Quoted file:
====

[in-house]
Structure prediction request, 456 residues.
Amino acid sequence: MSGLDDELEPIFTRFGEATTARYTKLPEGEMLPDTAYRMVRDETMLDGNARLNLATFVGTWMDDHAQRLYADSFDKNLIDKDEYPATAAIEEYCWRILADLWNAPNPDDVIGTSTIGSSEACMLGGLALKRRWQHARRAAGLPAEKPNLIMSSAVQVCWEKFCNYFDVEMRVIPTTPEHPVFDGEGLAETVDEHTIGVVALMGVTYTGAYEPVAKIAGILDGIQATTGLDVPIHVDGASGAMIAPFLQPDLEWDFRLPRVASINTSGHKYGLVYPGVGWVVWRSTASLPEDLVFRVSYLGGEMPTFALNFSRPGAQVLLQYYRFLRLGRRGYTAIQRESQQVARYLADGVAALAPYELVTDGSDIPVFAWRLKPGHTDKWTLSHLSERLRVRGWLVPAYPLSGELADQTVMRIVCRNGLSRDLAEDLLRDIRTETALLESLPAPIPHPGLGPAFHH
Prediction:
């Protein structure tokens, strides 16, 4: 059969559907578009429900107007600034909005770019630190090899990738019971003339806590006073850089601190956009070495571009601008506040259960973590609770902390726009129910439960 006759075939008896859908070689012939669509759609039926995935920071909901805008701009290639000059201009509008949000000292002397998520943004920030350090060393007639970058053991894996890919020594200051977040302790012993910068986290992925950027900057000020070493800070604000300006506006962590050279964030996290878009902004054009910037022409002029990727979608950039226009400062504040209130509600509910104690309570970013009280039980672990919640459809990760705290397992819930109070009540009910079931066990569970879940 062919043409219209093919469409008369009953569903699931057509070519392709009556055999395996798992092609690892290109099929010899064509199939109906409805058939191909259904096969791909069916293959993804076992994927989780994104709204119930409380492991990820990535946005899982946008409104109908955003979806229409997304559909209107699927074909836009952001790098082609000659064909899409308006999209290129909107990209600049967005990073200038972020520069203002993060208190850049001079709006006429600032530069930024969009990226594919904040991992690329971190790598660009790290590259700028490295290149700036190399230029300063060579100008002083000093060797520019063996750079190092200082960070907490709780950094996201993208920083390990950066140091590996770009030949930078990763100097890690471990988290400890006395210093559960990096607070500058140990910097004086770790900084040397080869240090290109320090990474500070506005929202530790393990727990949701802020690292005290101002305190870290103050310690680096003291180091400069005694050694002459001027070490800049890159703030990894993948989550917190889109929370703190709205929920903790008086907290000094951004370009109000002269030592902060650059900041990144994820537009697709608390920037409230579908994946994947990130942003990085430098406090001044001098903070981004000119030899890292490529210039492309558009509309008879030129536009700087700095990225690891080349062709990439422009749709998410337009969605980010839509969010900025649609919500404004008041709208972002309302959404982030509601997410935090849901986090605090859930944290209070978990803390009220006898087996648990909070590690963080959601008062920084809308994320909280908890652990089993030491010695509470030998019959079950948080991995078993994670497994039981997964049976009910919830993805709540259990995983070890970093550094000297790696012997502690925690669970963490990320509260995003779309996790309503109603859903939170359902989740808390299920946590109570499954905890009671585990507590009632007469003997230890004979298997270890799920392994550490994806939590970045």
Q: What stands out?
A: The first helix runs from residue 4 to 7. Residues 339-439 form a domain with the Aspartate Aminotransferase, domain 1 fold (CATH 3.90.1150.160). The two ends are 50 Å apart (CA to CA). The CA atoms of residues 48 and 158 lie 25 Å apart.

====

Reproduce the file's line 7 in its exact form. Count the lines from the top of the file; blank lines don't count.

A: The first helix runs from residue 4 to 7. Residues 339-439 form a domain with the Aspartate Aminotransferase, domain 1 fold (CATH 3.90.1150.160). The two ends are 50 Å apart (CA to CA). The CA atoms of residues 48 and 158 lie 25 Å apart.